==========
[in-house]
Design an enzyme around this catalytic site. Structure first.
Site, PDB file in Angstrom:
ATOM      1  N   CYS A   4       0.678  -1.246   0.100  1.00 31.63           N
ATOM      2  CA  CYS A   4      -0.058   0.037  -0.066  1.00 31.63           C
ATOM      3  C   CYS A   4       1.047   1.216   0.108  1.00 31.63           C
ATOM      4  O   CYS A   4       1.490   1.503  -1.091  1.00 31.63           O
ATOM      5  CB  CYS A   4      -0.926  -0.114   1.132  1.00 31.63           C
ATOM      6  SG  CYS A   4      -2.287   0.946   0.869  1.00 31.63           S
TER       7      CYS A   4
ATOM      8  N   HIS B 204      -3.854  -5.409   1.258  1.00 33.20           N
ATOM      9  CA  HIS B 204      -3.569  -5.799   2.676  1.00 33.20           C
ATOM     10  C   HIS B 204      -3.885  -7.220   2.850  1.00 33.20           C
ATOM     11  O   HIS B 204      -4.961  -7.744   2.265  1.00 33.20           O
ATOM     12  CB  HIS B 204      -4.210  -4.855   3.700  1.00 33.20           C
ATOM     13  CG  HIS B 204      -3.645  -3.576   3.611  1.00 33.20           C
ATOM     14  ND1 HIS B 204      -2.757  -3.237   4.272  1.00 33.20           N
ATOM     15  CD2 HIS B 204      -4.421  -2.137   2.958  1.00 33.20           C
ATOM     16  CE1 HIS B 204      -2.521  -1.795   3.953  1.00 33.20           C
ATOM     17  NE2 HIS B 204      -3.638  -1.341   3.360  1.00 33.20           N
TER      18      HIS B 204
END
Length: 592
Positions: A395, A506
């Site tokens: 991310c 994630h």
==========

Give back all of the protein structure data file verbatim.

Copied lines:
[in-house]
Design an enzyme around this catalytic site. Structure first.
Site, PDB file in Angstrom:
ATOM      1  N   CYS A   4       0.678  -1.246   0.100  1.00 31.63           N
ATOM      2  CA  CYS A   4      -0.058   0.037  -0.066  1.00 31.63           C
ATOM      3  C   CYS A   4       1.047   1.216   0.108  1.00 31.63           C
ATOM      4  O   CYS A   4       1.490   1.503  -1.091  1.00 31.63           O
ATOM      5  CB  CYS A   4      -0.926  -0.114   1.132  1.00 31.63           C
ATOM      6  SG  CYS A   4      -2.287   0.946   0.869  1.00 31.63           S
TER       7      CYS A   4
ATOM      8  N   HIS B 204      -3.854  -5.409   1.258  1.00 33.20           N
ATOM      9  CA  HIS B 204      -3.569  -5.799   2.676  1.00 33.20           C
ATOM     10  C   HIS B 204      -3.885  -7.220   2.850  1.00 33.20           C
ATOM     11  O   HIS B 204      -4.961  -7.744   2.265  1.00 33.20           O
ATOM     12  CB  HIS B 204      -4.210  -4.855   3.700  1.00 33.20           C
ATOM     13  CG  HIS B 204      -3.645  -3.576   3.611  1.00 33.20           C
ATOM     14  ND1 HIS B 204      -2.757  -3.237   4.272  1.00 33.20           N
ATOM     15  CD2 HIS B 204      -4.421  -2.137   2.958  1.00 33.20           C
ATOM     16  CE1 HIS B 204      -2.521  -1.795   3.953  1.00 33.20           C
ATOM     17  NE2 HIS B 204      -3.638  -1.341   3.360  1.00 33.20           N
TER      18      HIS B 204
END
Length: 592
Positions: A395, A506
């Site tokens: 991310c 994630h």